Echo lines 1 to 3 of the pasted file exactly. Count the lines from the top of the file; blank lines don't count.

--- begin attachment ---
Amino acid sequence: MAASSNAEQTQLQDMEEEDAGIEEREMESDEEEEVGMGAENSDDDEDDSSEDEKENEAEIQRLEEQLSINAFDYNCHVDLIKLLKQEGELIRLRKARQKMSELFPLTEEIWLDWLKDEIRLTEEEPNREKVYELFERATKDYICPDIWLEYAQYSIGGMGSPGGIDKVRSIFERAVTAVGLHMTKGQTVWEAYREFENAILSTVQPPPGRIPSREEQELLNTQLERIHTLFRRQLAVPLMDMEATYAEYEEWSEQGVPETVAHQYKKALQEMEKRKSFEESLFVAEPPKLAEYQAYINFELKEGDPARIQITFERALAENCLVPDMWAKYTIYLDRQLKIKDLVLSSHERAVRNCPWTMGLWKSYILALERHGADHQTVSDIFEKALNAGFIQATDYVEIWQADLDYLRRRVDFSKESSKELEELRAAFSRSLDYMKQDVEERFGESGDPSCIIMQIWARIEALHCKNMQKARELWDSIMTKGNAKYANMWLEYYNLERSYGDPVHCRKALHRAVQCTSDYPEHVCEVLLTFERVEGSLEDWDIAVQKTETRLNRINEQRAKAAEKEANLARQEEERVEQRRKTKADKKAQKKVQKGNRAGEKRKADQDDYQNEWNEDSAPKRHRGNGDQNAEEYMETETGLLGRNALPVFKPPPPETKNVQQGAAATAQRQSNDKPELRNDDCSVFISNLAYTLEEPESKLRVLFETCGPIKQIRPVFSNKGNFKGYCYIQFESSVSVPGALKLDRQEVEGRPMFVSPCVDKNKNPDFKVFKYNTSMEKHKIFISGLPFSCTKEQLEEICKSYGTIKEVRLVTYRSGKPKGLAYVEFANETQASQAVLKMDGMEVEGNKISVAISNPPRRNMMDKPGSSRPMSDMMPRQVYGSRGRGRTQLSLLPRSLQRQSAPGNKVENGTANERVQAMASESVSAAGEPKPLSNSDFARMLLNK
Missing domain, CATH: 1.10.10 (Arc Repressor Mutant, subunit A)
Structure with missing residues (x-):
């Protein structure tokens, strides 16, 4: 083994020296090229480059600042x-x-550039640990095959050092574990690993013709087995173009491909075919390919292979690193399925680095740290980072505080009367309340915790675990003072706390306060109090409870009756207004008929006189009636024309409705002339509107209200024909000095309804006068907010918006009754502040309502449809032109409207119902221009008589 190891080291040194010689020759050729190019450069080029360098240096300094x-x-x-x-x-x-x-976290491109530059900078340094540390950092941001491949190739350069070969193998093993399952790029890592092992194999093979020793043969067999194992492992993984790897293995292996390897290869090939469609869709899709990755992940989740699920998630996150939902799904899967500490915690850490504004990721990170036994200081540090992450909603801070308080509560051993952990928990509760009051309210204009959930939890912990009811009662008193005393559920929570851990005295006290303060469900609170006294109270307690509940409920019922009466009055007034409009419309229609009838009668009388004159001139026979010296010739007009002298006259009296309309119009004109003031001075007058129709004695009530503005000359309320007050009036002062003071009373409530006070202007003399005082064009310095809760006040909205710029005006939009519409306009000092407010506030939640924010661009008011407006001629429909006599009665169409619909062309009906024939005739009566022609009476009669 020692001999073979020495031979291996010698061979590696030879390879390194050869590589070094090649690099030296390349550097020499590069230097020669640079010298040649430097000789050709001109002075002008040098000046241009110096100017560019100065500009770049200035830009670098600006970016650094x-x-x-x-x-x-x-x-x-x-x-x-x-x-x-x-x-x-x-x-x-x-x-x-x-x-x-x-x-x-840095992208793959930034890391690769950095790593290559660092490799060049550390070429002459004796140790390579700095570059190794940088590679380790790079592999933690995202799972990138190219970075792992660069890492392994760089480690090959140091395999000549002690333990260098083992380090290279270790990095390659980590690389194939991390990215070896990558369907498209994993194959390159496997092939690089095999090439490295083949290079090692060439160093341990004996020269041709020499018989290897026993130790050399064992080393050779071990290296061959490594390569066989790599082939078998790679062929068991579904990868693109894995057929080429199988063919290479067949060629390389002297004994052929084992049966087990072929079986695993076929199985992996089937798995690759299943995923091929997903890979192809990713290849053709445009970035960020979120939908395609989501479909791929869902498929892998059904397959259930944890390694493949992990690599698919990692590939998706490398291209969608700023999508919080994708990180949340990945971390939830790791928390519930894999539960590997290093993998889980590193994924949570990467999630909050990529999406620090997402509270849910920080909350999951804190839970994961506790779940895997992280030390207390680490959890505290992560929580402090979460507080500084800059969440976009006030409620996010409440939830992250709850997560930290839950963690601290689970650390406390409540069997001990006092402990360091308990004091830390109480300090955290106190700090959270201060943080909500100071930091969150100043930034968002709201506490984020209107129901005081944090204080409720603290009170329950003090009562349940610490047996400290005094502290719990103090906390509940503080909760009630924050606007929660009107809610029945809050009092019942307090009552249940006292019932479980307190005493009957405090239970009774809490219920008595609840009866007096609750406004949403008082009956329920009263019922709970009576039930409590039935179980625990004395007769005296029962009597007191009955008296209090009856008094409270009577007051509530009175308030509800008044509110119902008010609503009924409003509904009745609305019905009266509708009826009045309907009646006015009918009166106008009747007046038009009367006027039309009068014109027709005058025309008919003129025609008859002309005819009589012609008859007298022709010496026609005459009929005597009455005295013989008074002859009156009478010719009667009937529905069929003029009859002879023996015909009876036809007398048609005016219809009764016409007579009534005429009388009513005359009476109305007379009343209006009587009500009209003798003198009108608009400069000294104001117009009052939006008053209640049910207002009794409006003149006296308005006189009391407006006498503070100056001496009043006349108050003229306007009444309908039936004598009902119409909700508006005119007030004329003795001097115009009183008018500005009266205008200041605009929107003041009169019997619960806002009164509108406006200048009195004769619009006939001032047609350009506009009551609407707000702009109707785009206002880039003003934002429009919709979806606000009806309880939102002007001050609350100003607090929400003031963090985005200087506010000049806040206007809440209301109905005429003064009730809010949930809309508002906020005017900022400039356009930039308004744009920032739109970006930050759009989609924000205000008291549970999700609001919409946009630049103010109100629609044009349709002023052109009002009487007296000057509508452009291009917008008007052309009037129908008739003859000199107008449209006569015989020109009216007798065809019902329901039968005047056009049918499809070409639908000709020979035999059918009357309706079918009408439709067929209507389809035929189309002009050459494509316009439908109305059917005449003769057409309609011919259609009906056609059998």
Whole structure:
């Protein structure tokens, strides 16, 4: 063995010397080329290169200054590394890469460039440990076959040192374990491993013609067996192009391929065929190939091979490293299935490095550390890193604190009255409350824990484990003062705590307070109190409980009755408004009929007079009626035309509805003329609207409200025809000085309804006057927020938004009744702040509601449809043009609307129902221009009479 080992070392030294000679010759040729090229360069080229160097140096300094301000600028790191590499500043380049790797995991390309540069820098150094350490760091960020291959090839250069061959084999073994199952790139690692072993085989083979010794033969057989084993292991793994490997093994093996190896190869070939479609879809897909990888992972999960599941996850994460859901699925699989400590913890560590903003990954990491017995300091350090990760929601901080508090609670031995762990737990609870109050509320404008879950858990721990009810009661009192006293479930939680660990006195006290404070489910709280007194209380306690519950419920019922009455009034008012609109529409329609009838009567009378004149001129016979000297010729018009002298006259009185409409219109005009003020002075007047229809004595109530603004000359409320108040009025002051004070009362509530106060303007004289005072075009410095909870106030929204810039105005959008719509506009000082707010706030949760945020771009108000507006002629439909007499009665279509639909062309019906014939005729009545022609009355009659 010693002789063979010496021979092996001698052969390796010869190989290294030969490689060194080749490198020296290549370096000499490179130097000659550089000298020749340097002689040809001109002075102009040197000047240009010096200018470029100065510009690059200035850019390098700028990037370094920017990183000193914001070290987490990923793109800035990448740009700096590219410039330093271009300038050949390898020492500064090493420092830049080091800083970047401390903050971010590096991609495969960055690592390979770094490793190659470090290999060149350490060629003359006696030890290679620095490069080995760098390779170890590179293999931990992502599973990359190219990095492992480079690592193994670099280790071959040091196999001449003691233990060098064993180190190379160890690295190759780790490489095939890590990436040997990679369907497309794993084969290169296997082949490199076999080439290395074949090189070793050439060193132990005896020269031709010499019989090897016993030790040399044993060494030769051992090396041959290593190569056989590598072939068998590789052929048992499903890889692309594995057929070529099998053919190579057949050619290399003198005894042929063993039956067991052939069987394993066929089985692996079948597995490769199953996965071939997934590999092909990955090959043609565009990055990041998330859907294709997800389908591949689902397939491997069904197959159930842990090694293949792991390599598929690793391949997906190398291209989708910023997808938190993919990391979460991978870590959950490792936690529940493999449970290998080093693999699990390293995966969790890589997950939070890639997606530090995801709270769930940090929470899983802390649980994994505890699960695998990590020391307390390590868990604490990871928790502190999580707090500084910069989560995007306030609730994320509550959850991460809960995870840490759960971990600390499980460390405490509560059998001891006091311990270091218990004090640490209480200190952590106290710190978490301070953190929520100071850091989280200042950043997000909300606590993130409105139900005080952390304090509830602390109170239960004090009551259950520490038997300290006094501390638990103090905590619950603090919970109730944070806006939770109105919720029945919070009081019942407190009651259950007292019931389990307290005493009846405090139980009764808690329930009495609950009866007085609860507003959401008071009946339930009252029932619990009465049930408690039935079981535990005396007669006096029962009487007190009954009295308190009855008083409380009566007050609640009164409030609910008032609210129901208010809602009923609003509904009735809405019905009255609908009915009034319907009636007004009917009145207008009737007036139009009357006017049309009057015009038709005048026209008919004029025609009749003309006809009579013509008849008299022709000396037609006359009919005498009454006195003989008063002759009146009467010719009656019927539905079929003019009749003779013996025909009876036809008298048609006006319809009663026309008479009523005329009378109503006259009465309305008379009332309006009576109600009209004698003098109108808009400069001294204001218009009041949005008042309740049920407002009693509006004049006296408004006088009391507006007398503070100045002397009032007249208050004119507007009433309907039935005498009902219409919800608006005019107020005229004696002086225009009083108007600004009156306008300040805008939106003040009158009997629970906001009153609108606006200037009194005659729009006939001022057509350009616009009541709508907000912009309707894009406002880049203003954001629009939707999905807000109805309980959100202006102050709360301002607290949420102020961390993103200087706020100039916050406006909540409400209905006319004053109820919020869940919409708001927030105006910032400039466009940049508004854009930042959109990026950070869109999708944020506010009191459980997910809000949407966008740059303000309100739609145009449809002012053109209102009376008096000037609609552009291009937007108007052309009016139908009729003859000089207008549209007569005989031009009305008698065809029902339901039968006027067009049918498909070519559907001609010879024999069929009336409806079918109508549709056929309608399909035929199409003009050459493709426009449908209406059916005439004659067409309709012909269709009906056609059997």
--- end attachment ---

Amino acid sequence: MAASSNAEQTQLQDMEEEDAGIEEREMESDEEEEVGMGAENSDDDEDDSSEDEKENEAEIQRLEEQLSINAFDYNCHVDLIKLLKQEGELIRLRKARQKMSELFPLTEEIWLDWLKDEIRLTEEEPNREKVYELFERATKDYICPDIWLEYAQYSIGGMGSPGGIDKVRSIFERAVTAVGLHMTKGQTVWEAYREFENAILSTVQPPPGRIPSREEQELLNTQLERIHTLFRRQLAVPLMDMEATYAEYEEWSEQGVPETVAHQYKKALQEMEKRKSFEESLFVAEPPKLAEYQAYINFELKEGDPARIQITFERALAENCLVPDMWAKYTIYLDRQLKIKDLVLSSHERAVRNCPWTMGLWKSYILALERHGADHQTVSDIFEKALNAGFIQATDYVEIWQADLDYLRRRVDFSKESSKELEELRAAFSRSLDYMKQDVEERFGESGDPSCIIMQIWARIEALHCKNMQKARELWDSIMTKGNAKYANMWLEYYNLERSYGDPVHCRKALHRAVQCTSDYPEHVCEVLLTFERVEGSLEDWDIAVQKTETRLNRINEQRAKAAEKEANLARQEEERVEQRRKTKADKKAQKKVQKGNRAGEKRKADQDDYQNEWNEDSAPKRHRGNGDQNAEEYMETETGLLGRNALPVFKPPPPETKNVQQGAAATAQRQSNDKPELRNDDCSVFISNLAYTLEEPESKLRVLFETCGPIKQIRPVFSNKGNFKGYCYIQFESSVSVPGALKLDRQEVEGRPMFVSPCVDKNKNPDFKVFKYNTSMEKHKIFISGLPFSCTKEQLEEICKSYGTIKEVRLVTYRSGKPKGLAYVEFANETQASQAVLKMDGMEVEGNKISVAISNPPRRNMMDKPGSSRPMSDMMPRQVYGSRGRGRTQLSLLPRSLQRQSAPGNKVENGTANERVQAMASESVSAAGEPKPLSNSDFARMLLNK
Missing domain, CATH: 1.10.10 (Arc Repressor Mutant, subunit A)
Structure with missing residues (x-):